Yesterday was a long and fun-filled day. All of the angst about getting here and settling in is now gone. Our B&B is a bit rustic, but our host makes up for any shortcomings. We came in knowing that there would be no air conditioning. But we've lived on a boat for years and we are no stranger to fresh air! Besides... we are in the mountains where the nights are cool and quiet. We slept like babies and woke up ready to experience mornings on the finca!
Guillermo arrived just as we were finishing our coffee, and we got busy doing the chores.
Passion flower bud
We followed our host around the farmyard, crumpling leaves between our fingers to release the scent of mint and some sort of medicinal tea plant. Just getting out of the house required that we duck beneath the winding passionfruit vine, heavy with parcha and flower buds.
Guillo lead the way around to the backside of the apartment where he bent to shuffle through a clump of weeds. He straightened up and held out a handful of fresh cilantro for us to take home with us!!
It didn't take us long to figure out what the long bamboo pole was for when Guillo handed it to Bruce. A bag on the end, rigged with a small knife wired to the edge made the perfect tool for snatching fat, delicious avocados straight from the tree!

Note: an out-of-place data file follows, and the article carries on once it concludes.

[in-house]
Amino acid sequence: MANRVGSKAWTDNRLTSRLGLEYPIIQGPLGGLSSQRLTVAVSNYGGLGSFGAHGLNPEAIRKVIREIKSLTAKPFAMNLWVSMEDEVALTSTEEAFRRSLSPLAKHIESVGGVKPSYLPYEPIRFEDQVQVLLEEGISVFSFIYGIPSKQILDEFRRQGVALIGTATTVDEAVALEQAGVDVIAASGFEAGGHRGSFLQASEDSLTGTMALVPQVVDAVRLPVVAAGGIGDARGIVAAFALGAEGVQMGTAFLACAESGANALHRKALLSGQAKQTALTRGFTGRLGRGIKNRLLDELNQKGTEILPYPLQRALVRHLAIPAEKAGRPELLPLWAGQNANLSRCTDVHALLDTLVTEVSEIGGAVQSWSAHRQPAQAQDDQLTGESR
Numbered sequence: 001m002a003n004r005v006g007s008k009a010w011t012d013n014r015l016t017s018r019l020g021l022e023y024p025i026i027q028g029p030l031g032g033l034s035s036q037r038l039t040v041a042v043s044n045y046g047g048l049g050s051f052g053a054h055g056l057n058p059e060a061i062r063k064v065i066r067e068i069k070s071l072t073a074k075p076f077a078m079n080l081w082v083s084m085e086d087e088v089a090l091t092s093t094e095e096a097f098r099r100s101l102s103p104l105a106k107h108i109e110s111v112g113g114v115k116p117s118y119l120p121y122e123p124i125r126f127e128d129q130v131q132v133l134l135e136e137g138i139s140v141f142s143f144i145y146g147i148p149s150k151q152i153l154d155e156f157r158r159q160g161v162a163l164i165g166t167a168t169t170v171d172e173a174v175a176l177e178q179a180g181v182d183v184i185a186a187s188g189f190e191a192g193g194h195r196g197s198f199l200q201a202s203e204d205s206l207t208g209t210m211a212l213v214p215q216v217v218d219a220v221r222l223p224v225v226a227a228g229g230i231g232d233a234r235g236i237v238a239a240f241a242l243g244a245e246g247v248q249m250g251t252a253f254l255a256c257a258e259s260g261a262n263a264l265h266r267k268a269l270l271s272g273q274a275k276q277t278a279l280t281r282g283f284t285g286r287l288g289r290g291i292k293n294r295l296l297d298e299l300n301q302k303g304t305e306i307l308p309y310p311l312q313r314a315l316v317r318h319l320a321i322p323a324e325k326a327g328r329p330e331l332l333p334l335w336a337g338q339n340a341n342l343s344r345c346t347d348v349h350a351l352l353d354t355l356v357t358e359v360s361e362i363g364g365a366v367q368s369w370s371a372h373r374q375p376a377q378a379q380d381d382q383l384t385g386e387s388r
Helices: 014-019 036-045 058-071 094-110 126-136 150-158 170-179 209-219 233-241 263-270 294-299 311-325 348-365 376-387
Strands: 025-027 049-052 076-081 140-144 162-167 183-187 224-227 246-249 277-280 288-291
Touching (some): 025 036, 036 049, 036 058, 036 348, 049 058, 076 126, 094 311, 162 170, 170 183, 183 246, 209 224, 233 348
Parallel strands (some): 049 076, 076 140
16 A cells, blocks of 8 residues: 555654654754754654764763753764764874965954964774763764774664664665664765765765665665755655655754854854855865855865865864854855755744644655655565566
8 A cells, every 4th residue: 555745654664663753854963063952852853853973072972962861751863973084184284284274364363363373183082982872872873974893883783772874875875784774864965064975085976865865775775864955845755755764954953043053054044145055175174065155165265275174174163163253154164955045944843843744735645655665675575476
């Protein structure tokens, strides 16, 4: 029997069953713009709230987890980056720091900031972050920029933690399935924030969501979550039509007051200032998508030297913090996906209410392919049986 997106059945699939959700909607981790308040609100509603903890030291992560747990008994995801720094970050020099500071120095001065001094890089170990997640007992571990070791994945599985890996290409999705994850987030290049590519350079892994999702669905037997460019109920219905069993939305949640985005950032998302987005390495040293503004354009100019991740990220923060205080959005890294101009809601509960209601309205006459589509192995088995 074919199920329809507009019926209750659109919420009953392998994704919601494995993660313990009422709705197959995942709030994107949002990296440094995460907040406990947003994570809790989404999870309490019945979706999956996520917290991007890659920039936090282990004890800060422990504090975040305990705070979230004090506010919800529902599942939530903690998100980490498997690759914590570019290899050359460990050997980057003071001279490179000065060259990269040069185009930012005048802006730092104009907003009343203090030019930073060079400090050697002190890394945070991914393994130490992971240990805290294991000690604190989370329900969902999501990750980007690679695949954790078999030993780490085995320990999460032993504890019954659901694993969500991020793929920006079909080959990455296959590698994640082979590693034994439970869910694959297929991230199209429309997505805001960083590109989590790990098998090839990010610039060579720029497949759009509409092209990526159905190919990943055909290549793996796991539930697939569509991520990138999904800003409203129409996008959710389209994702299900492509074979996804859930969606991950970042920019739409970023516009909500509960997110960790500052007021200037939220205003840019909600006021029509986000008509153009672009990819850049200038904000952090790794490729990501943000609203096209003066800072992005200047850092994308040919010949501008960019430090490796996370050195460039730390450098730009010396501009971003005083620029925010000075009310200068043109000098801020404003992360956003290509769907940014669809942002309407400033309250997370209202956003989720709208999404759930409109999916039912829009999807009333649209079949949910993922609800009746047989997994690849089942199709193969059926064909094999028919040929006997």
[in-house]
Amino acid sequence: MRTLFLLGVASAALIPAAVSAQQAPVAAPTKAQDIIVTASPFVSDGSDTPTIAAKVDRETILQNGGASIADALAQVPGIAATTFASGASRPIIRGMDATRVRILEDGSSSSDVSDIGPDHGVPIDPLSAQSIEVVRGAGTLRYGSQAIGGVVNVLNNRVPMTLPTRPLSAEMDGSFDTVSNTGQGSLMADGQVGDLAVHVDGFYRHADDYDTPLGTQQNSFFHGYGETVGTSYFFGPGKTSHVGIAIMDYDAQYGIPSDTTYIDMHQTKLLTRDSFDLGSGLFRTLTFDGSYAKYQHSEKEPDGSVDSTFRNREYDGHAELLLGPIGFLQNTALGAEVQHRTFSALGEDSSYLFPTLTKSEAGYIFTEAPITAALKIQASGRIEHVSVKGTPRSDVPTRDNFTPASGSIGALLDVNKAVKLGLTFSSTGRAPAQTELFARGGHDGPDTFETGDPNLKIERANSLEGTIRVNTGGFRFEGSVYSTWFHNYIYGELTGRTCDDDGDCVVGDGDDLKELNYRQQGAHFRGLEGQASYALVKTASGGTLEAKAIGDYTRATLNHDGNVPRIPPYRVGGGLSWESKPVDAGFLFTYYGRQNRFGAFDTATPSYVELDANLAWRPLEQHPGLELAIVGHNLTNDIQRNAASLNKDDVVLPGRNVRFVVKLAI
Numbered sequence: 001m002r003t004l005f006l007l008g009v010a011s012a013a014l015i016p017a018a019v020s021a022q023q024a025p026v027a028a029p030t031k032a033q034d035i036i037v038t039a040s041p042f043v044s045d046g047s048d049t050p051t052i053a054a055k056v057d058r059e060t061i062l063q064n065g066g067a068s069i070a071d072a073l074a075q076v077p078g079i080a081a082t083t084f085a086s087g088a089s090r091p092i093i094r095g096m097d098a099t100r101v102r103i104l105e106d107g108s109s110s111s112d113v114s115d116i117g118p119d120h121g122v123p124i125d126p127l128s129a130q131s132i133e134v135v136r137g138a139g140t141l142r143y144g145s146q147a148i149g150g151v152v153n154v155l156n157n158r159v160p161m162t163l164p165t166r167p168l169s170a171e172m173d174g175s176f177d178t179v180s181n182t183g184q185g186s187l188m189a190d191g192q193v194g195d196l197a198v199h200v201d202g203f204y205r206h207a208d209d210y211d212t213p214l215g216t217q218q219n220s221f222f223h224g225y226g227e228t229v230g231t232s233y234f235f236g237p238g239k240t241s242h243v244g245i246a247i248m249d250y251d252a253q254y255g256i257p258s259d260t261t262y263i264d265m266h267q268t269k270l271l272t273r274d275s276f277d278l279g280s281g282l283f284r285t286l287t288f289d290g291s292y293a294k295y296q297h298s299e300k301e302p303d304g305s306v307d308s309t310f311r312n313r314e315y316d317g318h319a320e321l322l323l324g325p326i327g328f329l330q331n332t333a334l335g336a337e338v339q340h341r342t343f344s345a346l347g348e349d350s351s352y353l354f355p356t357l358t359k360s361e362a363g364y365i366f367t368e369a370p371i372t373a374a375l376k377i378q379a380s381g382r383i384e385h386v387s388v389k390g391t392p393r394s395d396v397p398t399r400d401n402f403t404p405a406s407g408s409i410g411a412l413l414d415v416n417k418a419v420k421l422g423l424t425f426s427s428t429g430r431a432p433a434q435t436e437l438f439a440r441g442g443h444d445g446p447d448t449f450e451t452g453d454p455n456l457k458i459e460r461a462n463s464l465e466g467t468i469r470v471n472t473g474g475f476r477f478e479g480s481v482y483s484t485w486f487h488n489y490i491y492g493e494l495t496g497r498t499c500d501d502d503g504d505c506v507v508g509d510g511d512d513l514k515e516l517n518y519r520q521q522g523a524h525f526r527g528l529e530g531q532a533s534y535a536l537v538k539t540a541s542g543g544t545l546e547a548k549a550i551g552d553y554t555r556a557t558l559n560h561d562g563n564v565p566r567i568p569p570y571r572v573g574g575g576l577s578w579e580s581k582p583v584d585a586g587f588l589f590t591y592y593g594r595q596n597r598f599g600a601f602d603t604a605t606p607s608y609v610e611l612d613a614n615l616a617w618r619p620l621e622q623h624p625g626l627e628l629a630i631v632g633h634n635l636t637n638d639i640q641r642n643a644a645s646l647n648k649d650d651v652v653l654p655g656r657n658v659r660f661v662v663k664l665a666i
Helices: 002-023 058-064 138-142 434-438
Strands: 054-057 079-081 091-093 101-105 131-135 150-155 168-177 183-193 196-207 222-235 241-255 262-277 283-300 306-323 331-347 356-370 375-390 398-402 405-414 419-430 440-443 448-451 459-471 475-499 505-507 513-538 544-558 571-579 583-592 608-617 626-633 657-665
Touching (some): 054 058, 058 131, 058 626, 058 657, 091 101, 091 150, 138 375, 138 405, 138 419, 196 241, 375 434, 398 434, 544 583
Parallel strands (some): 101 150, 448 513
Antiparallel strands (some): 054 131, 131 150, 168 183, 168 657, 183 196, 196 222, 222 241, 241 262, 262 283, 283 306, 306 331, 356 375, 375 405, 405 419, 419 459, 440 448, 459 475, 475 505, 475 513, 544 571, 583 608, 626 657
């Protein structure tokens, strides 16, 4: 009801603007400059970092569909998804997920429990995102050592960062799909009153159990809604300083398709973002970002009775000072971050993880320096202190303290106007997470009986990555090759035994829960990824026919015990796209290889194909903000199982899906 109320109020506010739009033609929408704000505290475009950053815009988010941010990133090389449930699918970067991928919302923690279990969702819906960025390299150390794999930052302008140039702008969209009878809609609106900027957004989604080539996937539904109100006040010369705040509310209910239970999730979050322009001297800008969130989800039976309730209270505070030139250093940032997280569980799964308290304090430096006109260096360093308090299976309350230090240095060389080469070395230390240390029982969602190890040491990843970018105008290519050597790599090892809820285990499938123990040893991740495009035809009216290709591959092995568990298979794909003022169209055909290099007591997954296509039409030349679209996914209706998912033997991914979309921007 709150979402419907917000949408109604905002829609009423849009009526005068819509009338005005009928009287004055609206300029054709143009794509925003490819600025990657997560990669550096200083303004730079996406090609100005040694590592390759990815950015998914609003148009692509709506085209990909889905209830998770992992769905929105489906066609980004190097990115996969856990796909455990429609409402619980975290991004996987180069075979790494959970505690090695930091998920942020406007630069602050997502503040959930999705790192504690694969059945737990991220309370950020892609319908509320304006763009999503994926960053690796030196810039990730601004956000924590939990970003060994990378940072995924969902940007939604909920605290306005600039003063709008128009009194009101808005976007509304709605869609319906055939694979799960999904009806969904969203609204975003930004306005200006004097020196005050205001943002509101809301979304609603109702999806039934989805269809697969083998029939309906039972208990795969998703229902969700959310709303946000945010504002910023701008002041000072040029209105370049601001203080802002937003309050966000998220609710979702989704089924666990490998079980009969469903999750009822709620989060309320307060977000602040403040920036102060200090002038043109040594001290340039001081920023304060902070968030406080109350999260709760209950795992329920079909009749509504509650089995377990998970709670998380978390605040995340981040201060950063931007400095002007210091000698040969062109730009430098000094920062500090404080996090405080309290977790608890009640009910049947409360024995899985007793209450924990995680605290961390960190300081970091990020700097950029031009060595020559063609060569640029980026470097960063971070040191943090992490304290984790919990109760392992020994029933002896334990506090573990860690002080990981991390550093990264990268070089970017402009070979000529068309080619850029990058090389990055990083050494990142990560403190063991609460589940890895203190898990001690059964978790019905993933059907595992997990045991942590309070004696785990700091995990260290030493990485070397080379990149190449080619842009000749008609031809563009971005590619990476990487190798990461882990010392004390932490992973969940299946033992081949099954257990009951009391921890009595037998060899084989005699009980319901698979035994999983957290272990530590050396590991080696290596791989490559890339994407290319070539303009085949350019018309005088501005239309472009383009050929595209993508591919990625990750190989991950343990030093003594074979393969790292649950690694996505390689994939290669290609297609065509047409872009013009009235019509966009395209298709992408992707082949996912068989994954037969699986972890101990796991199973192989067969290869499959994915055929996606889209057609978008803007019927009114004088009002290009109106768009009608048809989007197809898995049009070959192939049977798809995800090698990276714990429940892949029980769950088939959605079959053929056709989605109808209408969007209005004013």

The tree was loaded with these babies!
By this time, the poor little Buttermilk was losing patience. He was a hungry boy and he knew that his milk was ready...
He put his whole nose in the milk! I'm not sure why he didn't drown!!
Wagging his tail, he slurped it to the last drop, then tossed the bucket!
As soon as Buttermilk was fed and moved to fresh grass, the chickens and bunnies got fed.
They have to stay in the cages because the dogs will eat them... Too bad!
The chickens and bunnies were just as excited about their breakfast. It's too bad that they can't roam the property. If the dogs don't get them, something else just might. Once the feeding frenzy passed, we went inside to have our breakfast and dress for the day. Time flies when you're enjoying farm life... and we've got places to go and people to meet!
So, this whole escapade was initiated by a planned hike in Bosque Estatal de Rio Abajo. There's a hiking group on Facebook and this will be our first hike with them. Today's hike ends with a chance to see the elusive Puerto Rican Parrot. I've never seen one in the wild, so we're hopeful. These birds are most likely to be seen in the evening, so we had plenty of time to do a little bit of scouting around Arecibo before we had to head for the meeting place, so we drove north to the coast.